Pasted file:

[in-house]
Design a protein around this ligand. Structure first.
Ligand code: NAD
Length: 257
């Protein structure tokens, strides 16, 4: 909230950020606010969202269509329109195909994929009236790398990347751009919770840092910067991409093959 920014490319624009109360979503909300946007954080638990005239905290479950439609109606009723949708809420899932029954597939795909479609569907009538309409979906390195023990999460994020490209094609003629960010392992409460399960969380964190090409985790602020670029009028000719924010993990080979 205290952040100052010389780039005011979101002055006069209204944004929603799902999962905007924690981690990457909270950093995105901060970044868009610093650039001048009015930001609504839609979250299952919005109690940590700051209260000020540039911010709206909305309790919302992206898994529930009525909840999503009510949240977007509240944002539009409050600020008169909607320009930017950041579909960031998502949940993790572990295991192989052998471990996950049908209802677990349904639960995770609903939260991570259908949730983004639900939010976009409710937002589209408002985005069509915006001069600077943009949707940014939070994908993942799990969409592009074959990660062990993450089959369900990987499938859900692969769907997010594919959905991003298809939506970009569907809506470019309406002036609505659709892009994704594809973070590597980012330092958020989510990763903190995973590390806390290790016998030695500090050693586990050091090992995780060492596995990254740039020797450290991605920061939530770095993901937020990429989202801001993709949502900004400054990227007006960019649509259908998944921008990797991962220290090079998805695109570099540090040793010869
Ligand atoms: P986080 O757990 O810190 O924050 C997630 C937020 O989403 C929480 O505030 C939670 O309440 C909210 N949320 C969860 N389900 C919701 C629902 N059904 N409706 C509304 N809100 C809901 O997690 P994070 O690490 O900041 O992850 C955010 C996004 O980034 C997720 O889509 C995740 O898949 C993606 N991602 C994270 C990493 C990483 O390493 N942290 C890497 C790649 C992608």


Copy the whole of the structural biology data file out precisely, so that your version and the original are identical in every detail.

[in-house]
Design a protein around this ligand. Structure first.
Ligand code: NAD
Length: 257
């Protein structure tokens, strides 16, 4: 909230950020606010969202269509329109195909994929009236790398990347751009919770840092910067991409093959 920014490319624009109360979503909300946007954080638990005239905290479950439609109606009723949708809420899932029954597939795909479609569907009538309409979906390195023990999460994020490209094609003629960010392992409460399960969380964190090409985790602020670029009028000719924010993990080979 205290952040100052010389780039005011979101002055006069209204944004929603799902999962905007924690981690990457909270950093995105901060970044868009610093650039001048009015930001609504839609979250299952919005109690940590700051209260000020540039911010709206909305309790919302992206898994529930009525909840999503009510949240977007509240944002539009409050600020008169909607320009930017950041579909960031998502949940993790572990295991192989052998471990996950049908209802677990349904639960995770609903939260991570259908949730983004639900939010976009409710937002589209408002985005069509915006001069600077943009949707940014939070994908993942799990969409592009074959990660062990993450089959369900990987499938859900692969769907997010594919959905991003298809939506970009569907809506470019309406002036609505659709892009994704594809973070590597980012330092958020989510990763903190995973590390806390290790016998030695500090050693586990050091090992995780060492596995990254740039020797450290991605920061939530770095993901937020990429989202801001993709949502900004400054990227007006960019649509259908998944921008990797991962220290090079998805695109570099540090040793010869
Ligand atoms: P986080 O757990 O810190 O924050 C997630 C937020 O989403 C929480 O505030 C939670 O309440 C909210 N949320 C969860 N389900 C919701 C629902 N059904 N409706 C509304 N809100 C809901 O997690 P994070 O690490 O900041 O992850 C955010 C996004 O980034 C997720 O889509 C995740 O898949 C993606 N991602 C994270 C990493 C990483 O390493 N942290 C890497 C790649 C992608």